I grew in the hilly, leafy suburbs of South East London where trees scattered through the high rises and Victorian homes. Up high the London skyline lingered with St Paul’s and the Post Office Tower dominating the horizon. It was a time when petrol was leaded and rosewood and mahogany furniture filled my parents home. The world was small, London was less developed and I didn’t think about my future, let alone the children I would one day give birth to.
That was in the 1970’s, 80’s and 90’s. My home now is very different to my parents and most likely very different to most of the middle classes, especially those who drive their Discovery Land Rovers. I am conscientious of my material, land, carbon and water footprint, unlike my parents but probably like my grandparents.
As a consumer my greatest dilemma in the philosophy of sustainable consumption is that it feels unclear whose role it is to ensure that the limited resources on our planet are used with the care and understanding that the air we breath, the water we drink and materials we extract from the earth are finite.
Capturing carbon is virtually non-existent in the square mile of the City, with a few trees fighting for survival between the concrete and paving slabs. The main roundabout at Elephant and Castle in South East London has a brick wall dedicated to carbon capture but it is the only wall I’ve noticed. London’s ability to clean the air we breath is stuck in the Victorian era where horse drawn carriages once transported people.
There are few water fountains too, my thirsty self always ends up with a new plastic bottle of water to quench my thirst, part of our throw-away culture where it will end up in a land fill or depending on the London borough your in, will be recycled. I’m always mindful of the fact that the bottle has been created from the resources of Earth. I struggle with buying a bottle of water.
This blog is a record of my life, living in a culture that struggles to live sustainably. It’s a micro analysis of how I try my hardest to preserve the limited resources of planet Earth. I have rejected greed and made lots of sacrifices in my life to be a responsible consumer in the hope that corporate greed will one day realise that although humanity is, at the moment infinite, the resources of this planet are not. I hope you enjoy this journey with me.
In May 2014 The Independent newspaper were the first to report on the micro-bead ban. In November 2014 I took to the shops to find out which facial products contained the little blighters using the Beat the Micro-bead App. The products to my left are a breath of fresh air to the sustainable consumption movement as in 2014 they contained micro-beads. Today, I’m happy to announce they don’t. For a more comprehensive list of products containing micro-beads, you can either download the Beat the Micro-bead App or email firstname.lastname@example.org.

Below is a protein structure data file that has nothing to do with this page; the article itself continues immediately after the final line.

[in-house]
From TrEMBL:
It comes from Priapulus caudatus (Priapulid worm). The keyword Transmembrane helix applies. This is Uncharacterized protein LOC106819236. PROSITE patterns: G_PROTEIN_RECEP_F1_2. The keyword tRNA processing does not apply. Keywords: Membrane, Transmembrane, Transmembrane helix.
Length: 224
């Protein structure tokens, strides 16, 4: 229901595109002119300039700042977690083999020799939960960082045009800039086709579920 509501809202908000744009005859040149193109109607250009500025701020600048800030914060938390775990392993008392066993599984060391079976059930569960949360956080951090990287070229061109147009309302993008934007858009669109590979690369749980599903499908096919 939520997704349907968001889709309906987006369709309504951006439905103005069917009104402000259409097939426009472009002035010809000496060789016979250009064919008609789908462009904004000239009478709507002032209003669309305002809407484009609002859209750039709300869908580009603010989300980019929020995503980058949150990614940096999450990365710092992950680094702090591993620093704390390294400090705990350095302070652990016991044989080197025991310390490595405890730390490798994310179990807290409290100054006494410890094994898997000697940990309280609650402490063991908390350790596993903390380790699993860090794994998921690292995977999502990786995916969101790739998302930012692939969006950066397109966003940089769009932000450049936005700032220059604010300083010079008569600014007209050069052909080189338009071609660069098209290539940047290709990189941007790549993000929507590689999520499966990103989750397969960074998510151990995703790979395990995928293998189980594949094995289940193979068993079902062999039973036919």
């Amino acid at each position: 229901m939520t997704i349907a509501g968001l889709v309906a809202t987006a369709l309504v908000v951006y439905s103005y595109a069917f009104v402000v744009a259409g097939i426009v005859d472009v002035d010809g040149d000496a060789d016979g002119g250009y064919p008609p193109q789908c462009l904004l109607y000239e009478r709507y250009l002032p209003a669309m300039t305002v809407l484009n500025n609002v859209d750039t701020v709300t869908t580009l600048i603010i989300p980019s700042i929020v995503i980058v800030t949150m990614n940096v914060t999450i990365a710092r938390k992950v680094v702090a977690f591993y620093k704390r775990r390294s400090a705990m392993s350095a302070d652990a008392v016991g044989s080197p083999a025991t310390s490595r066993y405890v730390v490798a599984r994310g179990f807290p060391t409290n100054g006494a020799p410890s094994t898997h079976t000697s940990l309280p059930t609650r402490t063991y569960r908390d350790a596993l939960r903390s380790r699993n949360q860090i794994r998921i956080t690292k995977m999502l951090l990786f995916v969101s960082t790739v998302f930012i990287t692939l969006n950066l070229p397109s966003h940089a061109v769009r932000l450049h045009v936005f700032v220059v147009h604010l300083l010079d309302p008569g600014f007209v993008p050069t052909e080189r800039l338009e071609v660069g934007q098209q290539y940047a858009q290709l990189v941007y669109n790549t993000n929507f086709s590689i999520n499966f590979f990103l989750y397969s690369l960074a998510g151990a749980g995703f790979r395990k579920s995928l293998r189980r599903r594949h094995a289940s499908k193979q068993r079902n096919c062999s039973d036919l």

As an advocate for everything natural I think it’s important to recognise that I don’t use exfoliating products. Superdrug sell facial sponges that will remove any excess skin from your face, you just need to use it with a facial soap. If you wanted to really think about your material footprint, you could always use the skin buffer with organic, unrefined coconut oil which I also use as a cleanser. And for convenience you can purchase this in your local supermarket. It can be found with all the other cooking oils rather than in the beauty section. Supermarkets haven’t cottoned on yet to the fact that it’s also a beauty product.
This film is my attempt at mitigating climate change. On my six mile hike across the North Downs I came across this forest and I filmed my journey through it. I began thinking how the trees capture the carbon from earth’s atmosphere, with the M25 in the not far off distance. My life is busy and I dashed through this wooded area. Next time I will move slowly. This was the first time I’ve filmed in a wood and it won’t be the last.
Trees are the greatest technological resolution to reducing carbon emissons. I’d like to say, surround your home with them, so they may cleanse the air that you breathe. Don’t leave it up to someone else to rescue you from Earth’s changing climate, be proactive and lets keep the fate of humanity moving.
This was one of those hair raising moments that could quite easily replace retail therapy. I could have quite happily followed that bumble bee all day, all week even. It was a moment where nothing else mattered, the world was at peace with itself and bees will live forever.
As it flew away I felt abandoned, I wanted to scream “come back here”. But I didn’t for fear of looking crazed. It had gone, forever and I was left with a nice piece of cinematography that I will cherish forever and ever.
The reality is, humanity is not at peace with itself and bees existence is very much in danger. For a moment in time the bee which I am forever grateful to, fed my inner world, my existence was meaningful with purpose. I didn’t need to suffice my inner desires with consumption, nature did it for me, the best therapeutic moment I’d had in ages and I didn’t need to spend a penny. Possessions please, the poppy was my possession, I’d grown it in my garden. I’d planted the seeds, watered them and watched them grow. I didn’t need retail therapy because I was feeding my soul with the buzz of a bumble bee.